Rao, who represents the sponge iron businesses in Karnataka, said that he expects more steel mills to decide by September on whether they should cut production.



Subdued steel prices can keep upside capped for SAIL’s stock

An increase in steel offtake in the fourth quarter has seen Steel Authority of India Ltd (SAIL) report notable revenue growth of 8.6% year-on-year. But that was not enough to hold up its stock as the results fell far short of consensus estimates. SAIL’s stock dipped 1% on Friday after its results were announced post-market hours on Thursday.

The highlight of the results has been better volume growth in Q4. Saleable steel sales totalled 4.133 million tonnes (mt) in the March quarter, increasing 10% over the same period last year. The company also increased its hot metal, crude steel and value-added production in the last quarter, a sign that domestic demand is fairly robust.

However, steel price realizations have dipped in the domestic market, squeezing Ebitda (earnings before interest, tax, depreciation and amortization) margins.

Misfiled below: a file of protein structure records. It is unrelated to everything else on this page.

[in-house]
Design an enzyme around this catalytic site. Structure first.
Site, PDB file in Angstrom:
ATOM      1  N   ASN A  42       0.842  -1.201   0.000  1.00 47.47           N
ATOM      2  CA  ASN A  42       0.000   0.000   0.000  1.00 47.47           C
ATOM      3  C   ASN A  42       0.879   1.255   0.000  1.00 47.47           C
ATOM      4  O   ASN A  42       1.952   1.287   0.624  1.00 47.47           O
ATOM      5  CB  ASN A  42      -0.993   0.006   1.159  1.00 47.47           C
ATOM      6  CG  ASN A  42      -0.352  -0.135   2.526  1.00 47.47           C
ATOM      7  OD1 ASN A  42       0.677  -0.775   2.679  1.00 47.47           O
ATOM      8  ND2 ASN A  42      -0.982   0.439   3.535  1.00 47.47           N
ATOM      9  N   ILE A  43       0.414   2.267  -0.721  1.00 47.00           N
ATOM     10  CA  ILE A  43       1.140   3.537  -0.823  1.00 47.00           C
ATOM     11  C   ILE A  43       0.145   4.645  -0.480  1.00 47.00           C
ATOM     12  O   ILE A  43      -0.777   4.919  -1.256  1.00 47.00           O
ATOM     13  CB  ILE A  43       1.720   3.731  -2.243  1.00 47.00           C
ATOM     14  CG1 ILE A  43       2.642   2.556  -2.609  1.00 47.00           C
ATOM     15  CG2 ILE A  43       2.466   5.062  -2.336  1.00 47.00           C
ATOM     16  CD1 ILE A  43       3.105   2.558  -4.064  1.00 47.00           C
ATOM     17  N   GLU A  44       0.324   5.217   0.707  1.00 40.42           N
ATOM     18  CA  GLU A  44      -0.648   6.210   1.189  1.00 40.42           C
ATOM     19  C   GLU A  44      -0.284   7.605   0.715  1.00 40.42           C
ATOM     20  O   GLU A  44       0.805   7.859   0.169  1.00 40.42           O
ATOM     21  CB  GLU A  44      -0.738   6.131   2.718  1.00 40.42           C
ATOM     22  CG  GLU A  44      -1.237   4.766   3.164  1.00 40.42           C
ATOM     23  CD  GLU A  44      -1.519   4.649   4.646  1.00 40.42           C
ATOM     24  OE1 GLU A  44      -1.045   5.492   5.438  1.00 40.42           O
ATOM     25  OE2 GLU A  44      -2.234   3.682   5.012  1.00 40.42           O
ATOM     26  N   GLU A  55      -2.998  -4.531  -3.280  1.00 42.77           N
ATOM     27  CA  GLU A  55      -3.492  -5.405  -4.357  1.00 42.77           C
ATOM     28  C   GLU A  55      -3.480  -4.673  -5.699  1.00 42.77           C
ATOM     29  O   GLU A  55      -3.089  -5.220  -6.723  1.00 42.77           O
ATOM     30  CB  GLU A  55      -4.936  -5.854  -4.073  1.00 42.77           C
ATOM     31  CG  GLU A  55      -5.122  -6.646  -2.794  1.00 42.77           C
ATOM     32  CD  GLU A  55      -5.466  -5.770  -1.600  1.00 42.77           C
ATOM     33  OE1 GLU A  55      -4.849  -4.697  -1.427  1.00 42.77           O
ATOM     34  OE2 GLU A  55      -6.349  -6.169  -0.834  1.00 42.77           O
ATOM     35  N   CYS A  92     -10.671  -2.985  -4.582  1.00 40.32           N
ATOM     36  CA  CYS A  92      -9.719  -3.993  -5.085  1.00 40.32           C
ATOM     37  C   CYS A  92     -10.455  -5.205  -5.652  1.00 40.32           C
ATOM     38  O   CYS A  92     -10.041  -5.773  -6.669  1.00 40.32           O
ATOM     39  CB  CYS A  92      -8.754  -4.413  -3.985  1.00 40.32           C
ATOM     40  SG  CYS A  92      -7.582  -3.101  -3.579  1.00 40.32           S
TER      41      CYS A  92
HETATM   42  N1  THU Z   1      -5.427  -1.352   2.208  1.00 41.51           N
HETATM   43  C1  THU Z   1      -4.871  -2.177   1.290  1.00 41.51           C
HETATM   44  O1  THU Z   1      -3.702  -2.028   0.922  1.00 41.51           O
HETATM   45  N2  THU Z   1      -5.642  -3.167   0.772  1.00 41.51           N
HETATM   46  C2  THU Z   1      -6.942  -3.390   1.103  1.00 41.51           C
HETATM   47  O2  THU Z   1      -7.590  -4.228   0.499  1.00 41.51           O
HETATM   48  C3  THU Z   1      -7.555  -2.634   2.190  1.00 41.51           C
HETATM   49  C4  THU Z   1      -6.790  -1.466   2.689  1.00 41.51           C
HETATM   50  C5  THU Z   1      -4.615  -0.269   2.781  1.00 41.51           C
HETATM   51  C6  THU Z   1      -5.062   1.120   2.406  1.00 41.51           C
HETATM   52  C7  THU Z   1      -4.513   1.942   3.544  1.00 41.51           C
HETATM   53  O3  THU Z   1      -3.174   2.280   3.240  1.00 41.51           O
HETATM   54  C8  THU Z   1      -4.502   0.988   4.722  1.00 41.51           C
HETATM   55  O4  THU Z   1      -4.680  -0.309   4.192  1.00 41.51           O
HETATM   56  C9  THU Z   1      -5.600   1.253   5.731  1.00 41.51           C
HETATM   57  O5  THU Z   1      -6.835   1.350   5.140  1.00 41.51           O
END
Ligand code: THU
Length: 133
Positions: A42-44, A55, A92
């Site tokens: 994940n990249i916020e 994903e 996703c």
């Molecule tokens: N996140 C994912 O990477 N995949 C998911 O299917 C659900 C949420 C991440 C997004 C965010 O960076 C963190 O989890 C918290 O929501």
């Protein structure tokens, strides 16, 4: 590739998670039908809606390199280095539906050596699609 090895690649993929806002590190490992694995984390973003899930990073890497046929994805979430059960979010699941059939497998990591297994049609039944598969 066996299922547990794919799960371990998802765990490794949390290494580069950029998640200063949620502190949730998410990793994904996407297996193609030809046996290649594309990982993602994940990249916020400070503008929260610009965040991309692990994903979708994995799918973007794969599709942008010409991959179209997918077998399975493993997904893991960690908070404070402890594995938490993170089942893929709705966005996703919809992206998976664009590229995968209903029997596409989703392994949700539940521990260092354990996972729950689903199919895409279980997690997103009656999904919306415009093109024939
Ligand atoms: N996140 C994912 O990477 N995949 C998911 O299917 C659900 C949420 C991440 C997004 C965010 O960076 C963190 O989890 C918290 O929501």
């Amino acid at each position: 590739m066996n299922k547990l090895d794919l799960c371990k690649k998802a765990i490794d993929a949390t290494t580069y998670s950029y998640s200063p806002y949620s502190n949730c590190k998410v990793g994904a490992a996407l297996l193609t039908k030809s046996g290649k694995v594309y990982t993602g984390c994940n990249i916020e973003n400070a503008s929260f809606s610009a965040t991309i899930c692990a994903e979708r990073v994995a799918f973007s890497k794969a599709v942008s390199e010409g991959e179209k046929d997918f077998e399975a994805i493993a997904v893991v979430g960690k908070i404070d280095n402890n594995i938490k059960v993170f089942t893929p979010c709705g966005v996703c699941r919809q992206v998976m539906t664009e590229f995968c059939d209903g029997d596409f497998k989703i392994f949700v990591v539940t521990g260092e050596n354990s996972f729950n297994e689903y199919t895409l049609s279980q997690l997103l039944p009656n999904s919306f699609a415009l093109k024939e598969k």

The margins were further hurt on account of the rise in iron ore prices due to a supply disruption in Brazilian and Australian mines. SAIL’s Ebitda margins shrank from 13.8% in Q4 FY18 to 12% in Q4 FY19.

To add to the pain, an increase in coking coal prices added to the net profit fall, which dropped 42.5% in Q4. Interestingly, profit for FY19 increased to ₹2,179 crore. In FY18, SAIL had reported a loss of ₹482 crore.

In FY20, the company’s management has guided a production target of 17mt.

Besides, analysts are also worried about its cash outlay. SAIL has outlined a plan of ₹4,000 crore capex in FY21. “We are concerned on cash commitments: 1) capex of INR40bn in FY20E; 2) INR12bn outflow on new pension scheme; and 3) INR 37bn debt repayment obligation. Besides, INR30bn annual interest cost is expected to constrain cash balance further. These are expected to account for bulk of EBITDA amidst a challenging operating environment besieged by weak prices,” said Edelweiss Securities Ltd in a note to clients on 31 May.